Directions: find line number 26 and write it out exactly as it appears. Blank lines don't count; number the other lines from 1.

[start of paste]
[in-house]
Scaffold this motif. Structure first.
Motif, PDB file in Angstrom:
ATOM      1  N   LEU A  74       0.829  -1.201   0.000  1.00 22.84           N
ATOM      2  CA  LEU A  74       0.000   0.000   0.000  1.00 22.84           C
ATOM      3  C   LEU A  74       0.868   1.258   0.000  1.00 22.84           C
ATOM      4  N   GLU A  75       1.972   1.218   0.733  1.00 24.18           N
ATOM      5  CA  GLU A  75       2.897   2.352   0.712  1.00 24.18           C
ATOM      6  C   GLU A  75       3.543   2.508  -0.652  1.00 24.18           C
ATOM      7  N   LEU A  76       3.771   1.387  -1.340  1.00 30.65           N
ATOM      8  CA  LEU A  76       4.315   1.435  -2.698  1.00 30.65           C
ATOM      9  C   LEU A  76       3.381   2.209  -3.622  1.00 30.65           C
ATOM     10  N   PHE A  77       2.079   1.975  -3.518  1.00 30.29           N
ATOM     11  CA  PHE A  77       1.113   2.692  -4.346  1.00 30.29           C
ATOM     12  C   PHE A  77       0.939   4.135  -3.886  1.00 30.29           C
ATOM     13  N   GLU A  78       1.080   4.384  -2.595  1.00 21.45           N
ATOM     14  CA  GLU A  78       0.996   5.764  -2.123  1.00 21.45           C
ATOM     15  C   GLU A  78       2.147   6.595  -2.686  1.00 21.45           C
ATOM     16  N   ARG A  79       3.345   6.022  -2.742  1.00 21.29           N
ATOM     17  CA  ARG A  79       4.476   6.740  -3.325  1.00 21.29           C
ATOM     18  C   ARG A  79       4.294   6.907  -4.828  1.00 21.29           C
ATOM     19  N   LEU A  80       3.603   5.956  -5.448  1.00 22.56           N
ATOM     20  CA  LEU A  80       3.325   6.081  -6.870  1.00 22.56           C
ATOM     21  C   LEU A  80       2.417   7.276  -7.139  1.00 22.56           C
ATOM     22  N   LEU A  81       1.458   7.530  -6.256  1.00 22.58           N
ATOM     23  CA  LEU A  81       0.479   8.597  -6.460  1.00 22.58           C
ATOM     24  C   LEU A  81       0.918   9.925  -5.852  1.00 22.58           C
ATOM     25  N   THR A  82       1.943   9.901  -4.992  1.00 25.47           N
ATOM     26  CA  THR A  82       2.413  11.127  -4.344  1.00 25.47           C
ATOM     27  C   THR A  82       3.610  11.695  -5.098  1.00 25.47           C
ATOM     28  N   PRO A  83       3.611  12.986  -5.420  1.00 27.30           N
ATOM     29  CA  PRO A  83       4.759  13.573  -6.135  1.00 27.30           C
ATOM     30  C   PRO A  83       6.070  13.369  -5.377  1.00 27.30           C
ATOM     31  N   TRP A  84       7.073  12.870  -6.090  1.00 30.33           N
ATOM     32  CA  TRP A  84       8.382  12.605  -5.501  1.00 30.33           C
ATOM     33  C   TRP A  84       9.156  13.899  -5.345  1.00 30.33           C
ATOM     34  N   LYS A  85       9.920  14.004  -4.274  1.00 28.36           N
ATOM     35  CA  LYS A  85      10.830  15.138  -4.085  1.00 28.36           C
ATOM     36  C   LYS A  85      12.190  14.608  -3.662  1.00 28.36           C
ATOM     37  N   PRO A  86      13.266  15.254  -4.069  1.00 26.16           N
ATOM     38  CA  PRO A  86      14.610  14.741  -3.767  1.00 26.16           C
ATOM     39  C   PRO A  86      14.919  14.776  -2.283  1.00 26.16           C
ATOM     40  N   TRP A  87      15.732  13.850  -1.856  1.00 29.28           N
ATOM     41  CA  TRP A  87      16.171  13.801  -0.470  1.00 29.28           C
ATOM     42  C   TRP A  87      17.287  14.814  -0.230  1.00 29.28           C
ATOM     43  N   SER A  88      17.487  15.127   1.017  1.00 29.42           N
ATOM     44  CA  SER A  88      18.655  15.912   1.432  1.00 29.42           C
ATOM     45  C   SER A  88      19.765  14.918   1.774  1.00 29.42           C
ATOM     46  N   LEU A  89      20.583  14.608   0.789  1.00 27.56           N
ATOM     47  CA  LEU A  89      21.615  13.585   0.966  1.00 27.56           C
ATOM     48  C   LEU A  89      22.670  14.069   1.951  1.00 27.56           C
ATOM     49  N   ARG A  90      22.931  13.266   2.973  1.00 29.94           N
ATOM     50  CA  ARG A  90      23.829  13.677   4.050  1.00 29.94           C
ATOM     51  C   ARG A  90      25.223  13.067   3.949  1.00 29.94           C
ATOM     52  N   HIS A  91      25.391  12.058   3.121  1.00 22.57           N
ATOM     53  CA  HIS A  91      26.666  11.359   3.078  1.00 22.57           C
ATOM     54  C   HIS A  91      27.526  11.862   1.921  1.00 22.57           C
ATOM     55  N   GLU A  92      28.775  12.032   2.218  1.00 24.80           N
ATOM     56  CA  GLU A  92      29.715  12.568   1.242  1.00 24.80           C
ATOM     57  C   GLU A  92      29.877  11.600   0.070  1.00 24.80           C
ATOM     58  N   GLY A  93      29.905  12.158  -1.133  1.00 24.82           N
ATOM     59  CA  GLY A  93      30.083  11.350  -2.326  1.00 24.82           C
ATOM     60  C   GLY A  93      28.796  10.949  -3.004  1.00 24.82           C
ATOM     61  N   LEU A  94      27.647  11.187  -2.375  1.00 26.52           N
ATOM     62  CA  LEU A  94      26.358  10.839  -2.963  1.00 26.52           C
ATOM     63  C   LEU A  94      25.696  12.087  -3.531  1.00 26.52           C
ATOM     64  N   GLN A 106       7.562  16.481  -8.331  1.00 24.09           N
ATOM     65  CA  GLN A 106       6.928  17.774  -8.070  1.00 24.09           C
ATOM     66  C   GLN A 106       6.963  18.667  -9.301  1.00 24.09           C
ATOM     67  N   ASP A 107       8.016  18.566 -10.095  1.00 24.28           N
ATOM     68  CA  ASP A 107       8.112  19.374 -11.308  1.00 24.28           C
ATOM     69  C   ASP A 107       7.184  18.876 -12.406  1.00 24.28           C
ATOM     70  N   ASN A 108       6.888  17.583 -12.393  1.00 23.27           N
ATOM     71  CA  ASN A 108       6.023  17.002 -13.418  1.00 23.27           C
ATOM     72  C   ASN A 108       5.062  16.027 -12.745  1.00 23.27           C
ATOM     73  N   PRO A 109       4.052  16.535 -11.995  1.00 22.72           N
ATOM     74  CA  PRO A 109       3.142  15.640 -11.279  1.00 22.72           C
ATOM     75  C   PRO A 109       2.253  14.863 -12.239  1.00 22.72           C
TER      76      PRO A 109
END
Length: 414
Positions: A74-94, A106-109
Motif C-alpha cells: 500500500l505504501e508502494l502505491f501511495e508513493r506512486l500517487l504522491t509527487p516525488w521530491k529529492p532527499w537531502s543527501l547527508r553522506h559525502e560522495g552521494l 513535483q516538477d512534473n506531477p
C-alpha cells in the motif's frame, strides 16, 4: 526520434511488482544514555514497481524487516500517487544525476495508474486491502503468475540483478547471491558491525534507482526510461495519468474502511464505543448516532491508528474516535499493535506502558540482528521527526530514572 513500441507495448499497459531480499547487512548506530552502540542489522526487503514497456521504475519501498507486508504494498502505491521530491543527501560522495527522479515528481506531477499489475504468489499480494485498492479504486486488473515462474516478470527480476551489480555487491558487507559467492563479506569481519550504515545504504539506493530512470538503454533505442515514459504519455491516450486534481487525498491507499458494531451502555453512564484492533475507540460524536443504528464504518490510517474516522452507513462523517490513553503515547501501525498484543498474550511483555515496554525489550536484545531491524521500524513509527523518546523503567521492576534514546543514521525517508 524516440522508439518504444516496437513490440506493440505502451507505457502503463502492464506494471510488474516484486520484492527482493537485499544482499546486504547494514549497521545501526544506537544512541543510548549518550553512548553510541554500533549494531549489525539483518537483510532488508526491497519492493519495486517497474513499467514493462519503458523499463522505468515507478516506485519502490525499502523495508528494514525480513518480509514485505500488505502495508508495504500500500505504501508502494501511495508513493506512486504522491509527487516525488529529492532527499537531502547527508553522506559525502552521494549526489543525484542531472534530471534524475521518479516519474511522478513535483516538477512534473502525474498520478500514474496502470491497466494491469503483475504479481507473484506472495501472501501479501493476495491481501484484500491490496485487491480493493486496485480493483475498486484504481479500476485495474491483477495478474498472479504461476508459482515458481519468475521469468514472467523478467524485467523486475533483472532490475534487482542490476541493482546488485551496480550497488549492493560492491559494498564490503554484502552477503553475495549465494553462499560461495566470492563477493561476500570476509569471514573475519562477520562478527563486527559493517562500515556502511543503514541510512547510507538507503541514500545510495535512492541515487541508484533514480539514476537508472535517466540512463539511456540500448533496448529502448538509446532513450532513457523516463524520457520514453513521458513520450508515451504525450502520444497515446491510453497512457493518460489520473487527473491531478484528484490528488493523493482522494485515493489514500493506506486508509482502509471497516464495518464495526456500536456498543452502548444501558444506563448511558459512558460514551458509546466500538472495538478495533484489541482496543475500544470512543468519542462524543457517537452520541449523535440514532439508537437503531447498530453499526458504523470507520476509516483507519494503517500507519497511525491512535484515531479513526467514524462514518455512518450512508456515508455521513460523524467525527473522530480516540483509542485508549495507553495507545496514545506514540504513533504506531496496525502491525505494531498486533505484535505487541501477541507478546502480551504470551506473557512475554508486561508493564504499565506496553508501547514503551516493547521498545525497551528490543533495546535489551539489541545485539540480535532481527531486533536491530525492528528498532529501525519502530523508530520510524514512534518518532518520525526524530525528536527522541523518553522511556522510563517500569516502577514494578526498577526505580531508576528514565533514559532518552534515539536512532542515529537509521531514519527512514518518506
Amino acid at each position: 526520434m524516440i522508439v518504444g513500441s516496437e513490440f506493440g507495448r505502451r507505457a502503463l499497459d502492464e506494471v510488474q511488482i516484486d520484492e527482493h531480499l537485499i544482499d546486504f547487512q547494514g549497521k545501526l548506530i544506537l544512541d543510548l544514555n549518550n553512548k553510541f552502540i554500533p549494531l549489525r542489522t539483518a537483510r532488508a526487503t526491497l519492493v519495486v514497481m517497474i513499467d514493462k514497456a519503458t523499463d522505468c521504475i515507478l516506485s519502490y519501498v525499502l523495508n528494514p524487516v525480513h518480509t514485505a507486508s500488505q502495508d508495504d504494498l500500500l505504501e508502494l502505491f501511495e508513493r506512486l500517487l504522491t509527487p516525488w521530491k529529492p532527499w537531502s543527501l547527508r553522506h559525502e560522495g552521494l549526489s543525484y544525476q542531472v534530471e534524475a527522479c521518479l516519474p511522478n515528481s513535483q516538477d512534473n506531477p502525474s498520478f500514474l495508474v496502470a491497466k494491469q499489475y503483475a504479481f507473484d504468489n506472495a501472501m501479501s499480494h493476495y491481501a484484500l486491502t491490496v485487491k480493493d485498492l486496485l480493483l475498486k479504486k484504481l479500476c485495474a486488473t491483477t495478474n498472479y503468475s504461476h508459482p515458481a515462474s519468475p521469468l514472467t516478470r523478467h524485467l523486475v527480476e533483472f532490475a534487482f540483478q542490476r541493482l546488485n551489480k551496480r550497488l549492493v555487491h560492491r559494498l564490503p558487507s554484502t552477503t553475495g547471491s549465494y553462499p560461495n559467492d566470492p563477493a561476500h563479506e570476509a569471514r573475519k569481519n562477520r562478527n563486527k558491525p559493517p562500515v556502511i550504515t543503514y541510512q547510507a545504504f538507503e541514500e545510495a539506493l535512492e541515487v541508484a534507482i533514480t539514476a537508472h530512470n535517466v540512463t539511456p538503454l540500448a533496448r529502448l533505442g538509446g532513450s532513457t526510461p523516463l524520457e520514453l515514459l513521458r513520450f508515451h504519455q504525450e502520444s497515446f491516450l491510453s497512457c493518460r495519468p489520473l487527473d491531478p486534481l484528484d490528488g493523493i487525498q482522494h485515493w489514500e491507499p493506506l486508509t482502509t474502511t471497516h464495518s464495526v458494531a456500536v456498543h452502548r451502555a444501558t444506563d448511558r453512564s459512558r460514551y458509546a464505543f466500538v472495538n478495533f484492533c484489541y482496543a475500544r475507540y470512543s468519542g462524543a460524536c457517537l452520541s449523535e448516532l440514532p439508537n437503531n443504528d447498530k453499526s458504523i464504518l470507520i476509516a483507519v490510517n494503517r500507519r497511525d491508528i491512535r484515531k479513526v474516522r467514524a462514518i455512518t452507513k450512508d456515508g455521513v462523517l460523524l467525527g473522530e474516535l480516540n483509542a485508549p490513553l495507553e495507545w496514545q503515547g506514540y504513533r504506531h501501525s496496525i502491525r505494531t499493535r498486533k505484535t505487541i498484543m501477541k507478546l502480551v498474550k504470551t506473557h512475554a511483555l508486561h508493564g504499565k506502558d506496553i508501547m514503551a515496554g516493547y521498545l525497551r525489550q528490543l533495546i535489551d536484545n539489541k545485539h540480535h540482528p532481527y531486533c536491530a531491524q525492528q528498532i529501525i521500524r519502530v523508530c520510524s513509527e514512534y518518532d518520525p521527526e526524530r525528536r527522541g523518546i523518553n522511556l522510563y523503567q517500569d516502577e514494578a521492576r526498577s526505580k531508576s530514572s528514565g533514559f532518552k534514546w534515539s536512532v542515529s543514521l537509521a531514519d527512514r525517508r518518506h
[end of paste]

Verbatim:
ATOM     23  CA  LEU A  81       0.479   8.597  -6.460  1.00 22.58           C